Protecting Yourself Against Ransomware

Originally published in the Honolulu Star-Advertiser, June 15, 2021

The recent ransomware attack on Colonial Pipeline Co. was a highly publicized incident in a string of attacks that have plagued businesses and government agencies at an ever-increasing rate.  The Colonial incident was just the tip of the iceberg, concealing numerous other less publicized events.  What can folks do to avoid such an attack?

First, it is no exaggeration to state that ransomware is the single biggest concern of IT professionals worldwide.  Many consider a ransomware attack to be an RGE (resume generation event), that is, if your shop gets hit with ransomware, you better polish up your resume because you’re going to need a new job soon.

But the fact of the matter is that it can be very difficult to protect against contemporary ransomware.  No longer consisting of just quick, smash and grab jobs, successful attacks are played out over a longer period of time.  Weeks if not months can go by after your systems are infiltrated before you are hit with a demand of ransom.

Of course, with the ransom comes consequences.  In a nutshell, you are prevented from accessing the data on your systems.  We are also seeing ransomware attacks evolving to data theft and threat of release of such data.  Pay the ransom, and access is restored.  And the bad guys ‘promise’ not to release your data.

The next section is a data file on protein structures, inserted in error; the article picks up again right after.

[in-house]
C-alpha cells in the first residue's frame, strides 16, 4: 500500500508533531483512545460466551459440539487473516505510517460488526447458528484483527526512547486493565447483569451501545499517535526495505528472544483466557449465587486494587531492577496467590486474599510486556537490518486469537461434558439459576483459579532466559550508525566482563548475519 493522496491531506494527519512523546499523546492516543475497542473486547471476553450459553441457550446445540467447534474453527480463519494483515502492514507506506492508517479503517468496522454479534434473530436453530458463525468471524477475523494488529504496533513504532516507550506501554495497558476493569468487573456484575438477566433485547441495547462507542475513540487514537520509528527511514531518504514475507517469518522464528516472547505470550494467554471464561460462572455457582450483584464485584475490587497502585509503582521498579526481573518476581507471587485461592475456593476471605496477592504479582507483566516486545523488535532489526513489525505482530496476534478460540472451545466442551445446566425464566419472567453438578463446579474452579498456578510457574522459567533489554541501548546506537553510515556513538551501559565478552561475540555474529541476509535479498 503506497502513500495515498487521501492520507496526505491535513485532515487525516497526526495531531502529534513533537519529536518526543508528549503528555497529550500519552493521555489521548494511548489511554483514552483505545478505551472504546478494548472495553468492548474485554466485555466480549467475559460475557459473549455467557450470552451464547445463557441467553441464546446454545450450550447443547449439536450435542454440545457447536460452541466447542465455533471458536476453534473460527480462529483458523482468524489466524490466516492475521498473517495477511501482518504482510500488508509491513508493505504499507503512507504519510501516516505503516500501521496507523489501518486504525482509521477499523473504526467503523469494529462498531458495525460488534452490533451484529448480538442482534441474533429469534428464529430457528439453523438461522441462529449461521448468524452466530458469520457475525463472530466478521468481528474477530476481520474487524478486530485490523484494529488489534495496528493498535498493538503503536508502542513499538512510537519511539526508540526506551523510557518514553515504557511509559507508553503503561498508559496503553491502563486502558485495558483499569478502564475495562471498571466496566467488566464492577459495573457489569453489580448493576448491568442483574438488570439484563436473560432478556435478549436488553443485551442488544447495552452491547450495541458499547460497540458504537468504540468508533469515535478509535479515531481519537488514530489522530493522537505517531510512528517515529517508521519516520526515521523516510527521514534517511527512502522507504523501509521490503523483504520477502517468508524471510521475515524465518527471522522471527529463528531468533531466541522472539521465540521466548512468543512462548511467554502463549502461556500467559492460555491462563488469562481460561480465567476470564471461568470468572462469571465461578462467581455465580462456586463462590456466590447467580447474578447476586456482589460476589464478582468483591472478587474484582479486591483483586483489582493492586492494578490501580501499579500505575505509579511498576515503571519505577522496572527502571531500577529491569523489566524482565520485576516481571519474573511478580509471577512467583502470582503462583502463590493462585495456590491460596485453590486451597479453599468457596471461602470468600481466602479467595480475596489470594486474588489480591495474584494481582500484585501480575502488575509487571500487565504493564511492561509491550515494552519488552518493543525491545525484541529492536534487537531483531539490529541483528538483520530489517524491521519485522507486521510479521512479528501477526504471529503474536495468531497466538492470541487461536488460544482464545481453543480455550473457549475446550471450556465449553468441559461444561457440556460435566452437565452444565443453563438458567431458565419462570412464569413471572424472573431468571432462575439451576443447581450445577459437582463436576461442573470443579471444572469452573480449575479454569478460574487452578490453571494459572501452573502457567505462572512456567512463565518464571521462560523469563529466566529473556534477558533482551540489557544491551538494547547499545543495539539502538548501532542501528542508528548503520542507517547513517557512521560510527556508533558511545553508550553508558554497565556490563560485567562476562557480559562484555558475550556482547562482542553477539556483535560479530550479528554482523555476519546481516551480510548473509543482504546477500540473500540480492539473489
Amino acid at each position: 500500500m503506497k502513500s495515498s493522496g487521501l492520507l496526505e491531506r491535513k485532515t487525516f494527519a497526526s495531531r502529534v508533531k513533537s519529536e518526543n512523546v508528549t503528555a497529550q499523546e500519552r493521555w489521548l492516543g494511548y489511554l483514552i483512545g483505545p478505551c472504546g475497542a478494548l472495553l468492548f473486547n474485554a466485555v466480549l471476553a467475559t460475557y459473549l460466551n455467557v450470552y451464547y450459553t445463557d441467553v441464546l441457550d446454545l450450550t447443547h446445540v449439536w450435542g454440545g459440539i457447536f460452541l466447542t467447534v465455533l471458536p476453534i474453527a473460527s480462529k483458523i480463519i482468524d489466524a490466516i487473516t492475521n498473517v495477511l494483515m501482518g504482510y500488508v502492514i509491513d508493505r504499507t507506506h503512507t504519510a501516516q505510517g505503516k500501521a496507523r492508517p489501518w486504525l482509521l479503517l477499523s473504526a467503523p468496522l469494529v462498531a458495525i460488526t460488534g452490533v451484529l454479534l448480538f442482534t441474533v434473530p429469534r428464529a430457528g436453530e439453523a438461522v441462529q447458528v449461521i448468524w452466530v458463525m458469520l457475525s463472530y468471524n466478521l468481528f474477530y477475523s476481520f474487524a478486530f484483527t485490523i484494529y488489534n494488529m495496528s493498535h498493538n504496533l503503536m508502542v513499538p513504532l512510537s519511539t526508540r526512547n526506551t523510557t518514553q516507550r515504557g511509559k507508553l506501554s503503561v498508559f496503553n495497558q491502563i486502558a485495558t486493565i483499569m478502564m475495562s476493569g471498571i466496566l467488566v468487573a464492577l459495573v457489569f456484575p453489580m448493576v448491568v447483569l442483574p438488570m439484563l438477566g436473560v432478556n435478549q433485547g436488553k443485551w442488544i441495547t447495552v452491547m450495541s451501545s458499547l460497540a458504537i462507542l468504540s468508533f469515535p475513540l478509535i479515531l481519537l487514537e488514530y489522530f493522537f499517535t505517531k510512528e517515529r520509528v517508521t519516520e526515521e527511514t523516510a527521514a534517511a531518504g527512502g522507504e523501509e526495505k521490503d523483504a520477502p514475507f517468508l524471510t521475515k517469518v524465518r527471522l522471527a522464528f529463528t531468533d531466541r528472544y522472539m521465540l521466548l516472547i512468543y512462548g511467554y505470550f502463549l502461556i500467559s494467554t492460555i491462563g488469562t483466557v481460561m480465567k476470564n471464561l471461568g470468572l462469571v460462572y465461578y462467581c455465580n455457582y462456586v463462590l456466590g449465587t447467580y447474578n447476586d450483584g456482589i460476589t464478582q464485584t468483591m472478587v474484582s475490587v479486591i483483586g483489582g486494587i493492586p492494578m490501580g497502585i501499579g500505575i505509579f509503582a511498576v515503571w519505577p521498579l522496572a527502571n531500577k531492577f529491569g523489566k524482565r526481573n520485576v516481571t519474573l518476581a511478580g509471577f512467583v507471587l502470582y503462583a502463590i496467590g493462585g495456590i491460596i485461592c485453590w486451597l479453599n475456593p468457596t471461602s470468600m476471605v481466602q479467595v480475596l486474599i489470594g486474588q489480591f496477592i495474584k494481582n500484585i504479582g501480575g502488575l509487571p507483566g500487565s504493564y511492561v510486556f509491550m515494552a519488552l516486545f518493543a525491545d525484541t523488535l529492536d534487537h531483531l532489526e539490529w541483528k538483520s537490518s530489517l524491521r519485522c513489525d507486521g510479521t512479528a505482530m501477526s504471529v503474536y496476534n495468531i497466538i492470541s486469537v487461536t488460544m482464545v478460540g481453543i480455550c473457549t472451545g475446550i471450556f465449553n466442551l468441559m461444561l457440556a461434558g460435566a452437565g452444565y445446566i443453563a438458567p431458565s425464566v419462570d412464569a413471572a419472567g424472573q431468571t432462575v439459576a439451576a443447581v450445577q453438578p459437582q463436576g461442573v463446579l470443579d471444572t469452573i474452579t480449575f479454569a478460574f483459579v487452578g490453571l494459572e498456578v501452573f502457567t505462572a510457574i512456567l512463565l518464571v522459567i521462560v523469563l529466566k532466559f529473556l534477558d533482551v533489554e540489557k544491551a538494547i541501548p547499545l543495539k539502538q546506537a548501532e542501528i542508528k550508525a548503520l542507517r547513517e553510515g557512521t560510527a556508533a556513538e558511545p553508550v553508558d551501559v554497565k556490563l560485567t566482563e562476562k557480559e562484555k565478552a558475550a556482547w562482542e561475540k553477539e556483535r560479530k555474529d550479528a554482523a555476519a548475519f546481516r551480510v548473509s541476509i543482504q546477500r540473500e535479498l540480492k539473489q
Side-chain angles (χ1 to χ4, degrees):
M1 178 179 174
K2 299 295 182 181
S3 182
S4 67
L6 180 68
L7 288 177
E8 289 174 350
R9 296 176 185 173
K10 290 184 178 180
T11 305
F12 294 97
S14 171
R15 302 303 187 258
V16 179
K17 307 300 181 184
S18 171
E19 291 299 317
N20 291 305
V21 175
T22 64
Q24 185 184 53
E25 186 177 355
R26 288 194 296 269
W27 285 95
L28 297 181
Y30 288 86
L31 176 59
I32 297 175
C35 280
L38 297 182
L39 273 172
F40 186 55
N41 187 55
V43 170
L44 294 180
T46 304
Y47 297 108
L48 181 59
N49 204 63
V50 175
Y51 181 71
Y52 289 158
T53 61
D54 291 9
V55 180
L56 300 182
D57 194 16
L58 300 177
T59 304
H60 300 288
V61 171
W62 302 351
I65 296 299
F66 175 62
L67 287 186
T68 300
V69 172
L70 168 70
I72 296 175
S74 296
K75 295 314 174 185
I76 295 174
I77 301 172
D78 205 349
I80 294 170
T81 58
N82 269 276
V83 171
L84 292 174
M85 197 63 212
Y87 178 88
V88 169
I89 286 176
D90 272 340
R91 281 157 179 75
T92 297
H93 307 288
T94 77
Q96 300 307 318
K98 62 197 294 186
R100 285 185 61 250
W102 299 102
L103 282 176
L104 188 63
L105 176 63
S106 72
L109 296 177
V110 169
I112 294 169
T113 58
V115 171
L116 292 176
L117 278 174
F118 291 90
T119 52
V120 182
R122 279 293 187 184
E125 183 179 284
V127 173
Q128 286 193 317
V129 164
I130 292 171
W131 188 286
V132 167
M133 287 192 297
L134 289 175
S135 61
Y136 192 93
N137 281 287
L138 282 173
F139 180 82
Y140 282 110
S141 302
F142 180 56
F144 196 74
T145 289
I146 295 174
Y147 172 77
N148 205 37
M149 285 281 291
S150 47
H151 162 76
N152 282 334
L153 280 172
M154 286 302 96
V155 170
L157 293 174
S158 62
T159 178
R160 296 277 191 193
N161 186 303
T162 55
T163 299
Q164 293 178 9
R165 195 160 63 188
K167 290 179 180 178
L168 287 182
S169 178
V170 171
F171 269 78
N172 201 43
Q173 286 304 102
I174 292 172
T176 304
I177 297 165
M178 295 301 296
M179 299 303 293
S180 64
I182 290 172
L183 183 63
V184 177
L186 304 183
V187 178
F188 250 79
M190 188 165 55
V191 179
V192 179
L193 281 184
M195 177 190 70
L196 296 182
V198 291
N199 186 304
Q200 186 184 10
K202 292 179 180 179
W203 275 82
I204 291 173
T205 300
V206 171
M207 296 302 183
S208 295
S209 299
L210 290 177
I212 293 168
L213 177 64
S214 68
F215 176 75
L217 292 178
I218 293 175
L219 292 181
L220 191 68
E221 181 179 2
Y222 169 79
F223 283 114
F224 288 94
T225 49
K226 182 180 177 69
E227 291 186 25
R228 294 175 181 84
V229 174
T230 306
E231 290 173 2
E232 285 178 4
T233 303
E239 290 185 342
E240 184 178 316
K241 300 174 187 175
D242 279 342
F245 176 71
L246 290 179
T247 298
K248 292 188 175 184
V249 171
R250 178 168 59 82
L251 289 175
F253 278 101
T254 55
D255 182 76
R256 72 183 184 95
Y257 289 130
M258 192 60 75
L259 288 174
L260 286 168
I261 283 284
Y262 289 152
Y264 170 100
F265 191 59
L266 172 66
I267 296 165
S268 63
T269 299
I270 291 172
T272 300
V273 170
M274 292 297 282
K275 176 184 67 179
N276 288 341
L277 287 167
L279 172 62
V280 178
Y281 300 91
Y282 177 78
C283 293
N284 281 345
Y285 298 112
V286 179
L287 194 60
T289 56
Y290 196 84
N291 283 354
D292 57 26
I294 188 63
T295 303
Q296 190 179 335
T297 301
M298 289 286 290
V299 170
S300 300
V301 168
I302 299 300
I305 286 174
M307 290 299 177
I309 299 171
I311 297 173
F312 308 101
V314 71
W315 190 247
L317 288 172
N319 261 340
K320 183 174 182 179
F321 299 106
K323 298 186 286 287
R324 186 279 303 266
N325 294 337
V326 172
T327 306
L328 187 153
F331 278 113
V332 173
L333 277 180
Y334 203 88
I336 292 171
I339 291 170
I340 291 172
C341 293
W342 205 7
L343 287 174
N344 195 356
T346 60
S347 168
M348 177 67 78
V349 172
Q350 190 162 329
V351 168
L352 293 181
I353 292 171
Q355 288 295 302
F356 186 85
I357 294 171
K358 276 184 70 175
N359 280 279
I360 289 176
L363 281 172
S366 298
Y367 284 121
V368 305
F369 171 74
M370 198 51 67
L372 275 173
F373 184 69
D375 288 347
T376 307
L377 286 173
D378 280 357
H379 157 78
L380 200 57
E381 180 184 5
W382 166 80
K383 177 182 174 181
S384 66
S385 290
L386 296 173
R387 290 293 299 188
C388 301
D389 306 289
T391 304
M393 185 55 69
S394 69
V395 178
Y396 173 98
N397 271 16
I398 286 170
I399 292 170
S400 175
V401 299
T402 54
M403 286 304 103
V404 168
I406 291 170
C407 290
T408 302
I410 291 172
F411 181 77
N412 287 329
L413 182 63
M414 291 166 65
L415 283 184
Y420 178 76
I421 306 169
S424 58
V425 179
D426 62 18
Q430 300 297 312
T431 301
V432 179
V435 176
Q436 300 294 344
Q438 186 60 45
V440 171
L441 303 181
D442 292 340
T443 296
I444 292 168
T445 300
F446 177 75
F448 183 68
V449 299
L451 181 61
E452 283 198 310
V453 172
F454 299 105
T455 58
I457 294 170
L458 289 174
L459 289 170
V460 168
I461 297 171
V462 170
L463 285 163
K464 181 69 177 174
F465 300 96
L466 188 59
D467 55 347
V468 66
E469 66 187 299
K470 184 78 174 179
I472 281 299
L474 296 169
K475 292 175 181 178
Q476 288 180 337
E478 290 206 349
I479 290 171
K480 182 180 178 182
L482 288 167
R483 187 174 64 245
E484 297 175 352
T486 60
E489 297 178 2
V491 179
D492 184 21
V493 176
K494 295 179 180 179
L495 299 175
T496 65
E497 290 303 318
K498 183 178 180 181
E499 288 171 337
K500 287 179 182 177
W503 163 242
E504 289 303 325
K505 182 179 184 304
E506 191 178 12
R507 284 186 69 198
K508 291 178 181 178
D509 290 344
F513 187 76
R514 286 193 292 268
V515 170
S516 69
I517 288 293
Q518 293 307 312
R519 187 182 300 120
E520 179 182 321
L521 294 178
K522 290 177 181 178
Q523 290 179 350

So-called ‘soft’ targets are being victimized more and more.  A soft target is generally someone who might not be as focused on cyber security as financial institutions or certain government agencies.  And ransomware perpetrators do their research.  The ransom is usually set at an ‘affordable’ price, for small businesses, the ransom might be $5000 or $10,000.  In the case of Colonial, the ransom was reportedly near $5,000.000.

Many victims have quietly paid the ransom, but results have been mixed.  After all, it’s not like you can call the Better Business Bureau or Office of Consumer Protection on the purveyors of ransomware.  In the Colonial incident, the US Department of Justice was able to recover a significant portion of the ransom paid to the perpetrators.  But folks cannot expect this to be the solution for all of their ransomware woes.

Is there a solution?  A cornerstone of a protection strategy is a good backup.  IT professionals have been preaching about backups since computers were invented, and back in the day, we used to say ‘any backup is better than nothing.’  While that adage still holds true, ransomware attacks have been known to compromise backups.  Simply copying files to an external hard drive or the cloud just won’t cut it anymore.  A reliable commercial backup product will go a long way towards mitigating exposure to ransomware.

Perhaps most importantly of all, anti-ransomware software on the desktop is key.  Old-school anti-malware products rely upon databases that are out-of-date as soon as they are released. Instead, a good anti-ransomware product will detect ransomware-like behavior and stop it in its tracks.  A modular approach may be necessary with an anti-ransomware solution side-by-side with a traditional anti-malware product.

Protecting Yourself Against Ransomware
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